3. Help in education & language development.


Components:

1-Microphone: pick up sounds and transfer to electric energy.
2-Amplifier: amplify the electric energy.
3-Receiver: converts electric energy to sounds.
4-Power supply.
5-Controls: gain and tone control.

Types of Hearing aids

  • Air conduction: Open fit, behind the ear (BTE),in the canal hearing aid (CIC),or receiver in the ear.
  • Bone conduction hearing aid


Tests of hearing, Audiological assessment, types and result interpretation

Clinical speech testing.
The patient is asked to repeat whispered words at different intensities (other ear is masked by Barany’s box).

Tuning fork tests

Audiological assessment (Audiometery)
This is the measurement of hearing by the use of a special apparatus (audiometer) for studying the degree of hearing at different intensities and different frequencies. The resultant data are recorded as an audiogram.
hearing_tests

Value:
  •  To detect the hearing threshold of the patient.
  •  Detect the type of hearing loss (conductive, sensorineural, or mixed).
  •  Detect the degree of hearing loss (mild, moderate, severe, or profound).
  •  Selection of a hearing aid if needed.

Types:

A- Pure tone audiometry: (PTA)

1- It is the measurement of the patient’s hearing threshold by using pure tones of a single frequency.
2- The test is done once with the ear phone to determine AC curve and once with a B.C. vibrator over the mastoid to determine B.C. curve. The hearing threshold is obtained at 8 frequencies (250, 500, 2000, 4000, 6000, 8000 HZ).

3- The hearing threshold is the minimum intensity of sound that the person can hear. Normally it varies from 0-20 dB at all frequencies.
4- The resultant two curves (A.C. curve and B.C. curve) are plotted on a graph (audiogram) and this will show the type of hearing loss.

Results:
1- Conductive hearing loss: elevated A.C. threshold, while B.C. threshold is normal (i.e. Air/bone gap).
2- Sensorineural hearing loss: Both A.C. and B.C. threshold are elevated .
3- Mixed hearing loss: Both A.C. and B.C. thresholds are elevated but with an air / bone gap (e.g. A.C. threshold is elevated more.
To determine the degree of hearing loss:
The average of A.C. threshold at 500, 1000, and 2000 HZ is obtained then the degree of hearing loss is obtained as follows:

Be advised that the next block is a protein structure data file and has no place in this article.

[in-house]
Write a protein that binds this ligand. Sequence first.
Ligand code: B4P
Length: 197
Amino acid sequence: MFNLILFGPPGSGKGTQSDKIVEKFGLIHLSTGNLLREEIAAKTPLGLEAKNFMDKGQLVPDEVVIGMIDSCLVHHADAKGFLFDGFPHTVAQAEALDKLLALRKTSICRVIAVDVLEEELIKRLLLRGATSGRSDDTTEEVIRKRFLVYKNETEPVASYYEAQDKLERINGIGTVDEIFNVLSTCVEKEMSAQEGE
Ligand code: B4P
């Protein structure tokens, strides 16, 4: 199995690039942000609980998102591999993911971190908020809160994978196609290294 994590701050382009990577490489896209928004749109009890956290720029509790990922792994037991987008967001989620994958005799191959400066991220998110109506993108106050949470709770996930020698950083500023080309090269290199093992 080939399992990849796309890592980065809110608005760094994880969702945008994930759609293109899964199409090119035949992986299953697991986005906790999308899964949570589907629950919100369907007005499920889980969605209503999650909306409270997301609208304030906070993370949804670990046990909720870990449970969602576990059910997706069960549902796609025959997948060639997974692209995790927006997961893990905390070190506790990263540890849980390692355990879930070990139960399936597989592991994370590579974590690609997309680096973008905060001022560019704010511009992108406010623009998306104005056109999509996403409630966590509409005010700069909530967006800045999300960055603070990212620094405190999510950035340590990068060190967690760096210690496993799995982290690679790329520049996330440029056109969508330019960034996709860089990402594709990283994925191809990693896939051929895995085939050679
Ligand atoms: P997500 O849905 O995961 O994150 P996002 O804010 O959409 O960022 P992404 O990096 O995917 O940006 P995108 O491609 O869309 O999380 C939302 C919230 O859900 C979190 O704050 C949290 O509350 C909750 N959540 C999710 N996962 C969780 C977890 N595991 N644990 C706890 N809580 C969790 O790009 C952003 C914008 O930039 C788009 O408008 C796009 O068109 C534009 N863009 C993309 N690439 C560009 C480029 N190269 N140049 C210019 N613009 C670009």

1.  Normal: 0 – 20 dB.
  2. Mild hearing loss: 20- 40 dB.
  3. Moderate hearing loss: 40 – 60 dB.
  4. Severe hearing loss: 60 – 80 dB.
  5. Profound hearing loss: more than 80 dB.




B- Speech audiometery

This is the hearing assessment using spoken words presented to the patient through earphones, and he is asked to repeat those words. It provides an idea about the ability to communicate:

Speech tests include:
1. Speech reception threshold (SRT)
It is the level (in dB) at which the patient can correctly repeat 50% of the presented speech material. It should match with the hearing threshold level obtained by PTA.

2. Speech discrimination
It is the percentage of the correctly repeated speech material by the patient to that presented to him. Scores of 90- 100% are normal. In SNHL it is poor than expected.
Values of speech audiometery:
-Confirms results of PTA. -Selection of a hearing aid.
-Detects malingerers. - Differentiates between cochlear and retrocochlear .

C- Impedence audiometry

(1) Tympanometry

This is the measurement of middle ear pressure, through measuring the mobility (compliance) of the T.M. :
1. Type A tympanogram: (normal)
2. Type As tympanogram: The pressure is normal but the compliance is reduced in cases of ossicular fixation as in otosclerosis.

3. Type A  tympanogram: (Hypermobile or flail)
The pressure is normal, but the compliance is increased above 1.75 mm H2O & it may exceed the limits of the machine. This occurs in ossicular disruption or dislocation.

4. Type B Tympanogram: (Flat curve) This occurs in secretory otitis media.
5. Type C Tympanogram: Normal compliance with negative pressure. This occurs in ET dysfunction.

N.B: Oscillating tympanogram occurs with glomus tumours.

(2) Acoustic reflex

Usually stapedius muscle contracts 70 – 90 dB above hearing threshold level.

D- Evoked response audiometery

This is recording of the action potentials anywhere in the auditory pathway from the cochlea up to the auditory cortex. They include:

1-Electocochleography. Diagnostic in Meniere’s disease.
2-Auditory brain stem response audiometry (ABR).
It records the electrical activity in the auditory pathway (from wave I to V.)
-Objective detection of hearing threshold level.
-Differentiates between cochlear and retrocochlear, a delay in latency of 0.4 m.sec. between the wave number V of both sides is suggestive of a retrochlear pathology (e.g. Acoustic neuroma).

3-Cortical evoked response.

E- Otoacoustic emission (OAES)

These are low intensity waves produced in the cochlear and recorded in the EAC. They are classified into:
1. Spontaneous OAES: recorded in the E.A.C. without provoking stimulus
2. Evoked OAES: recorded in response to a provoking stimulus (tones or clicks).
They are very sensitive to any cochlear abnormality and can detect and cochlear affection very early. It is used in hearing threshold detection especially in infants and children.


Psychogenic deafness and Sudden Sensory Neural Hearing Loss

 Psychogenic deafness

- Sudden deafness or unexplained fluctuation, related to emotional stress.
- Marked disparity between PTA & speech audiometry.
- Improve by psychotherapy.

Sudden SNHL:

It is an important entity, where the patient has sudden, unilateral or bilateral, partial or complete SNHL, it is either viral or vascular in origin, treated by systemic steroids, it is crucial to start treatment early to save the hearing, intratymoanic steroid injection is done if systemic steroids are contraindicated, vaso dilators and hyperbaric oxygen are also tried in an attempt to prevent permanent disabling SNHL.